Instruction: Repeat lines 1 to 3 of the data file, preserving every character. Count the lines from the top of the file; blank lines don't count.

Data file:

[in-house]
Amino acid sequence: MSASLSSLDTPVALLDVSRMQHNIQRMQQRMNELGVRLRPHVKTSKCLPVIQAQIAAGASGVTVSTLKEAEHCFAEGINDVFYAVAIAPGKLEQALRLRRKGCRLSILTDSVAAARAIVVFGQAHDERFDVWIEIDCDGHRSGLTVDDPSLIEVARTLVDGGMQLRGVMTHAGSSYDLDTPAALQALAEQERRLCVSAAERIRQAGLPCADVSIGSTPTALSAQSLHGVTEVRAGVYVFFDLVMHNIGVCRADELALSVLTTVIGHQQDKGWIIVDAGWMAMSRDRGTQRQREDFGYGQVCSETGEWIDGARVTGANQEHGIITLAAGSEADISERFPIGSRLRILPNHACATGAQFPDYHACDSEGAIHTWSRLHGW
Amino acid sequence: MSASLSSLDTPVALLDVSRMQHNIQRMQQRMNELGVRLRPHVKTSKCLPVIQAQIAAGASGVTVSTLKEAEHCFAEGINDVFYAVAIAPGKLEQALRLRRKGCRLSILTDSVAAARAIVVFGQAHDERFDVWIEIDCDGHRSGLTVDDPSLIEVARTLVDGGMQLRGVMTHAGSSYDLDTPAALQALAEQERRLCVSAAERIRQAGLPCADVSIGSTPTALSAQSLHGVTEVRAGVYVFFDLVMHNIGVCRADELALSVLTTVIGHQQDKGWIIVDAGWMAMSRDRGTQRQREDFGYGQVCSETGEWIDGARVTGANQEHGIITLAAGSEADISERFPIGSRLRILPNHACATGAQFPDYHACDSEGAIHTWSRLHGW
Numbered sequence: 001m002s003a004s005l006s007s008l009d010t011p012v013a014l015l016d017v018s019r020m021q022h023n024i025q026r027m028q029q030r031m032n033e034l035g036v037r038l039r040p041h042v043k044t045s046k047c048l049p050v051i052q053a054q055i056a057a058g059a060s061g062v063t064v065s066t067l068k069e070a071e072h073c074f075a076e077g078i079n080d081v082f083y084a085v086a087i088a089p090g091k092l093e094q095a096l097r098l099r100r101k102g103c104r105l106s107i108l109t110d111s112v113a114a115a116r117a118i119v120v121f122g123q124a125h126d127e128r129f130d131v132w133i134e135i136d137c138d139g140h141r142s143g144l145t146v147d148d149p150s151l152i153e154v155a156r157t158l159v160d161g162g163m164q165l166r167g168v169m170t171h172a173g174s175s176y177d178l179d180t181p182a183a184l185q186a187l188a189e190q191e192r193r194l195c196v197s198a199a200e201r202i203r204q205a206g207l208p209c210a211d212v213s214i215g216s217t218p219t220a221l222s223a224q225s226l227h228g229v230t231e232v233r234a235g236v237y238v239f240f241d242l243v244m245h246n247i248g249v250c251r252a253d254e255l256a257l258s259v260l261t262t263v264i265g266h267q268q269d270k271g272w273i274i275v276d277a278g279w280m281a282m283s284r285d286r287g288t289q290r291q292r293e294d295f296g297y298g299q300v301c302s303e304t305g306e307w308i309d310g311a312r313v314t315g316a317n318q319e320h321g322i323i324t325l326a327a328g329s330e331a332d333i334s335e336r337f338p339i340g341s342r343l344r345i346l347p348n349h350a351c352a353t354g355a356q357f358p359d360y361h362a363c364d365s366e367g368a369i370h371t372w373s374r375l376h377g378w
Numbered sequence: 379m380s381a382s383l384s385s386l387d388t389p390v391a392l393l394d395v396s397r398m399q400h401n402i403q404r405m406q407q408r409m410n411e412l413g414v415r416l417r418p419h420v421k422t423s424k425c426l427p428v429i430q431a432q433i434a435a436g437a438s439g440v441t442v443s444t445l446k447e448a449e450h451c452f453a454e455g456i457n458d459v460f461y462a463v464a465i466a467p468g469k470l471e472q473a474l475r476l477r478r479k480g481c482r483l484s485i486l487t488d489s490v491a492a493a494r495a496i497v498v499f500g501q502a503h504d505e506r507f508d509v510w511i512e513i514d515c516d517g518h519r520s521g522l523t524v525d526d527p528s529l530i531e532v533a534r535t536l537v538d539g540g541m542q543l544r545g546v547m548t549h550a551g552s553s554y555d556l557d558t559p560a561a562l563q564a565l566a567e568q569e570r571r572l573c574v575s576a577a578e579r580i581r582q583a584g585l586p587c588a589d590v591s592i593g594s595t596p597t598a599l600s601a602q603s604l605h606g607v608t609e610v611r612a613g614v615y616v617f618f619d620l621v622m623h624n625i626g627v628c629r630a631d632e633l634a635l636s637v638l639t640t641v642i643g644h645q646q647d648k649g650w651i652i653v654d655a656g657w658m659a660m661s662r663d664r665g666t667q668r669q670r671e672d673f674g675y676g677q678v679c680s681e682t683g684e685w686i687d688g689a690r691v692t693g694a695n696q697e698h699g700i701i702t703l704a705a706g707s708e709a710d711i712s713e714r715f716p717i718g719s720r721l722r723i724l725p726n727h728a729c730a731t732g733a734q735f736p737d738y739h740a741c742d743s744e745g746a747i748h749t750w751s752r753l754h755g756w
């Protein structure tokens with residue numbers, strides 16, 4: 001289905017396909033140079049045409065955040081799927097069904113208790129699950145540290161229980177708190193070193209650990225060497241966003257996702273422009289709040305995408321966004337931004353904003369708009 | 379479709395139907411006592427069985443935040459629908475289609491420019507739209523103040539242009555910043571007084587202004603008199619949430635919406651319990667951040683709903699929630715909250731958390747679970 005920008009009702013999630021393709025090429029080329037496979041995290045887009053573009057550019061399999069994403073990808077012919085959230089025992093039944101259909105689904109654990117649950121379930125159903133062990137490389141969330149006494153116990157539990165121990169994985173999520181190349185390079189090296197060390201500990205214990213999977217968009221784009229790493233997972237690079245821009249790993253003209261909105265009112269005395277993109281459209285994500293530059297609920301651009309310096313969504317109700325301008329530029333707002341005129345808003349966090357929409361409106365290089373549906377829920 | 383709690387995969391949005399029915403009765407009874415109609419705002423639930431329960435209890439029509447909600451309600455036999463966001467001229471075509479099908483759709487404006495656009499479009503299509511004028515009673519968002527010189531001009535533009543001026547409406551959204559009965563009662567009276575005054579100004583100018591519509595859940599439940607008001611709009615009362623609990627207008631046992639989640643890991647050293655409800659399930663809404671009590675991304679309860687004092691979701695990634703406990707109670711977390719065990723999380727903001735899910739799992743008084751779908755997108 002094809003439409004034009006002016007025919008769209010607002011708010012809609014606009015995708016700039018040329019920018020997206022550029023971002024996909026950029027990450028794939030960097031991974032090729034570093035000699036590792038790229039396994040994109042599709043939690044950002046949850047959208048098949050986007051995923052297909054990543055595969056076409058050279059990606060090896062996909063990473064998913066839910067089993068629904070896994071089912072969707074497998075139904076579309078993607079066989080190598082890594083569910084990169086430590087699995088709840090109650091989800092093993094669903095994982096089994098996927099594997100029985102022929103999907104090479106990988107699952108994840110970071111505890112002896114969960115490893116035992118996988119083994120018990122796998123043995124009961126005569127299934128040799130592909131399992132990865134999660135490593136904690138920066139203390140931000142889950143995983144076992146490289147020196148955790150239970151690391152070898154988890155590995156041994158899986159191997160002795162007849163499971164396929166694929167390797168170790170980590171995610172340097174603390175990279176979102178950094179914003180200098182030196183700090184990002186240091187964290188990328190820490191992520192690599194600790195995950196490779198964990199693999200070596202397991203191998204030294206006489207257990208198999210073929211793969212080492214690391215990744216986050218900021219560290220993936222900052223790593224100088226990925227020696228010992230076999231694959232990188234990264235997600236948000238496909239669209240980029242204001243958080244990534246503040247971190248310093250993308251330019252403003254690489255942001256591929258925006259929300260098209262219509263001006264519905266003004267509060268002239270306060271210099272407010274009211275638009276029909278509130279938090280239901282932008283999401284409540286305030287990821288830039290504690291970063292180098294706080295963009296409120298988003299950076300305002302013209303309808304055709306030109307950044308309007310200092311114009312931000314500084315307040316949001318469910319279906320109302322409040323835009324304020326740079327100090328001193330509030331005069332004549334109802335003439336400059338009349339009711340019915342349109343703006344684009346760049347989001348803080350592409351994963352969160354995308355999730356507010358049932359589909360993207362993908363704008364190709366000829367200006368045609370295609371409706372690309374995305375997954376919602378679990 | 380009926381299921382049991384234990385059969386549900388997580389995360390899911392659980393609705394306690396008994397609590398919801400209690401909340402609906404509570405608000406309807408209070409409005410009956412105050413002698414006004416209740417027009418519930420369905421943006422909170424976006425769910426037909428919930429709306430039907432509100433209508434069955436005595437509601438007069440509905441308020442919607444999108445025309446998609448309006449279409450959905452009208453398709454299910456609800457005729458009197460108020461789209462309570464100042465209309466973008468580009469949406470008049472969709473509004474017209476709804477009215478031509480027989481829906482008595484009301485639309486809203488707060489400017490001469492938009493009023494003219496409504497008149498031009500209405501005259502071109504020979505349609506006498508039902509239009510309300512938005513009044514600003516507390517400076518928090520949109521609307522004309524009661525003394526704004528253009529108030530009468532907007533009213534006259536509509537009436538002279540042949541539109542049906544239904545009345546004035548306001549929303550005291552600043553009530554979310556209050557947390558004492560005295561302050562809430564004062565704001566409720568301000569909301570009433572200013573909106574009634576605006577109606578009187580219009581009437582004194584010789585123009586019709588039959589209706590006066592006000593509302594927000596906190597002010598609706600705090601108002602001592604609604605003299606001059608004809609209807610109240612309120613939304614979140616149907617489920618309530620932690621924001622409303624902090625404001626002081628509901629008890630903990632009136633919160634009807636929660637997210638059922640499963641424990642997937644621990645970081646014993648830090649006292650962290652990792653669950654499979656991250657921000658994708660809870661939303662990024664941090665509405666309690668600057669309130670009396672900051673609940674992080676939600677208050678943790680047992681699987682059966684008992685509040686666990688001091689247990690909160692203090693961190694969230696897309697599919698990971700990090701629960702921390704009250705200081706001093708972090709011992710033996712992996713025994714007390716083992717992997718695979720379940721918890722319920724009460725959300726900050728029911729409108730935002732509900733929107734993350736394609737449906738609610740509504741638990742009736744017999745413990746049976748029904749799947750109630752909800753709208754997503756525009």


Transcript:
[in-house]
Amino acid sequence: MSASLSSLDTPVALLDVSRMQHNIQRMQQRMNELGVRLRPHVKTSKCLPVIQAQIAAGASGVTVSTLKEAEHCFAEGINDVFYAVAIAPGKLEQALRLRRKGCRLSILTDSVAAARAIVVFGQAHDERFDVWIEIDCDGHRSGLTVDDPSLIEVARTLVDGGMQLRGVMTHAGSSYDLDTPAALQALAEQERRLCVSAAERIRQAGLPCADVSIGSTPTALSAQSLHGVTEVRAGVYVFFDLVMHNIGVCRADELALSVLTTVIGHQQDKGWIIVDAGWMAMSRDRGTQRQREDFGYGQVCSETGEWIDGARVTGANQEHGIITLAAGSEADISERFPIGSRLRILPNHACATGAQFPDYHACDSEGAIHTWSRLHGW
Amino acid sequence: MSASLSSLDTPVALLDVSRMQHNIQRMQQRMNELGVRLRPHVKTSKCLPVIQAQIAAGASGVTVSTLKEAEHCFAEGINDVFYAVAIAPGKLEQALRLRRKGCRLSILTDSVAAARAIVVFGQAHDERFDVWIEIDCDGHRSGLTVDDPSLIEVARTLVDGGMQLRGVMTHAGSSYDLDTPAALQALAEQERRLCVSAAERIRQAGLPCADVSIGSTPTALSAQSLHGVTEVRAGVYVFFDLVMHNIGVCRADELALSVLTTVIGHQQDKGWIIVDAGWMAMSRDRGTQRQREDFGYGQVCSETGEWIDGARVTGANQEHGIITLAAGSEADISERFPIGSRLRILPNHACATGAQFPDYHACDSEGAIHTWSRLHGW